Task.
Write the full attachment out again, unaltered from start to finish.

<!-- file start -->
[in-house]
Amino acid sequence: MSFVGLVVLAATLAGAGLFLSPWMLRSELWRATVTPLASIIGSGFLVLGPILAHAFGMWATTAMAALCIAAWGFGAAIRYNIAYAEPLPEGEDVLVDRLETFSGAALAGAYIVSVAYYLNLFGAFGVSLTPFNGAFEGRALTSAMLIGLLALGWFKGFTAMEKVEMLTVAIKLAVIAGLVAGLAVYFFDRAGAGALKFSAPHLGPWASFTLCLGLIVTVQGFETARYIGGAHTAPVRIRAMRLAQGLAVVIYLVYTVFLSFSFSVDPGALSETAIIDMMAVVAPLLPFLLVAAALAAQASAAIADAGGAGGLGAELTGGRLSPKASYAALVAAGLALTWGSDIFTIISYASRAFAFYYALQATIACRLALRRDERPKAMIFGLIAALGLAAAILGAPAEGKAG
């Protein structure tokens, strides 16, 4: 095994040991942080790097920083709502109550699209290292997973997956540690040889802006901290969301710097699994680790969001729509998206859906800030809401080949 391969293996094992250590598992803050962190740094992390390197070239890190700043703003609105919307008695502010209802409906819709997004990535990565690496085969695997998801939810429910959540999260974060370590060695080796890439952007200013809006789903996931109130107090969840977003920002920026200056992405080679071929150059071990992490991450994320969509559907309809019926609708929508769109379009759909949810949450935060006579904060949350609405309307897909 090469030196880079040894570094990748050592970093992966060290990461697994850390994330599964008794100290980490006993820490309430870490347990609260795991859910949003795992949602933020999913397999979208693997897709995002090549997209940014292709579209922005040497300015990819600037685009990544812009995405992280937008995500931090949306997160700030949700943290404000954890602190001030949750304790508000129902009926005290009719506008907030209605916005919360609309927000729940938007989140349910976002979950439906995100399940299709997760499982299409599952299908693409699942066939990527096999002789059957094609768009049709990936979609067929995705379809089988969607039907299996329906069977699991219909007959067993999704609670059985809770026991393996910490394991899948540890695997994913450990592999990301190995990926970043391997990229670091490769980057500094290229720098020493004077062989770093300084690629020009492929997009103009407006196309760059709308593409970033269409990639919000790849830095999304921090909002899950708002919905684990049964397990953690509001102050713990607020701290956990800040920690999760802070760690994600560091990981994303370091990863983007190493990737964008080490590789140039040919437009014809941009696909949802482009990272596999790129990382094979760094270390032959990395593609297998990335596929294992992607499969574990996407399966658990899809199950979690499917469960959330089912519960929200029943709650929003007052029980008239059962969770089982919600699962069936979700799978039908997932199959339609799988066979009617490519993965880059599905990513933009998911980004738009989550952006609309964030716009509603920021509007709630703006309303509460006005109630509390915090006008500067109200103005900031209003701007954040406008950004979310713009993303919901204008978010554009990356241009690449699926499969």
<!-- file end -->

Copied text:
[in-house]
Amino acid sequence: MSFVGLVVLAATLAGAGLFLSPWMLRSELWRATVTPLASIIGSGFLVLGPILAHAFGMWATTAMAALCIAAWGFGAAIRYNIAYAEPLPEGEDVLVDRLETFSGAALAGAYIVSVAYYLNLFGAFGVSLTPFNGAFEGRALTSAMLIGLLALGWFKGFTAMEKVEMLTVAIKLAVIAGLVAGLAVYFFDRAGAGALKFSAPHLGPWASFTLCLGLIVTVQGFETARYIGGAHTAPVRIRAMRLAQGLAVVIYLVYTVFLSFSFSVDPGALSETAIIDMMAVVAPLLPFLLVAAALAAQASAAIADAGGAGGLGAELTGGRLSPKASYAALVAAGLALTWGSDIFTIISYASRAFAFYYALQATIACRLALRRDERPKAMIFGLIAALGLAAAILGAPAEGKAG
């Protein structure tokens, strides 16, 4: 095994040991942080790097920083709502109550699209290292997973997956540690040889802006901290969301710097699994680790969001729509998206859906800030809401080949 391969293996094992250590598992803050962190740094992390390197070239890190700043703003609105919307008695502010209802409906819709997004990535990565690496085969695997998801939810429910959540999260974060370590060695080796890439952007200013809006789903996931109130107090969840977003920002920026200056992405080679071929150059071990992490991450994320969509559907309809019926609708929508769109379009759909949810949450935060006579904060949350609405309307897909 090469030196880079040894570094990748050592970093992966060290990461697994850390994330599964008794100290980490006993820490309430870490347990609260795991859910949003795992949602933020999913397999979208693997897709995002090549997209940014292709579209922005040497300015990819600037685009990544812009995405992280937008995500931090949306997160700030949700943290404000954890602190001030949750304790508000129902009926005290009719506008907030209605916005919360609309927000729940938007989140349910976002979950439906995100399940299709997760499982299409599952299908693409699942066939990527096999002789059957094609768009049709990936979609067929995705379809089988969607039907299996329906069977699991219909007959067993999704609670059985809770026991393996910490394991899948540890695997994913450990592999990301190995990926970043391997990229670091490769980057500094290229720098020493004077062989770093300084690629020009492929997009103009407006196309760059709308593409970033269409990639919000790849830095999304921090909002899950708002919905684990049964397990953690509001102050713990607020701290956990800040920690999760802070760690994600560091990981994303370091990863983007190493990737964008080490590789140039040919437009014809941009696909949802482009990272596999790129990382094979760094270390032959990395593609297998990335596929294992992607499969574990996407399966658990899809199950979690499917469960959330089912519960929200029943709650929003007052029980008239059962969770089982919600699962069936979700799978039908997932199959339609799988066979009617490519993965880059599905990513933009998911980004738009989550952006609309964030716009509603920021509007709630703006309303509460006005109630509390915090006008500067109200103005900031209003701007954040406008950004979310713009993303919901204008978010554009990356241009690449699926499969």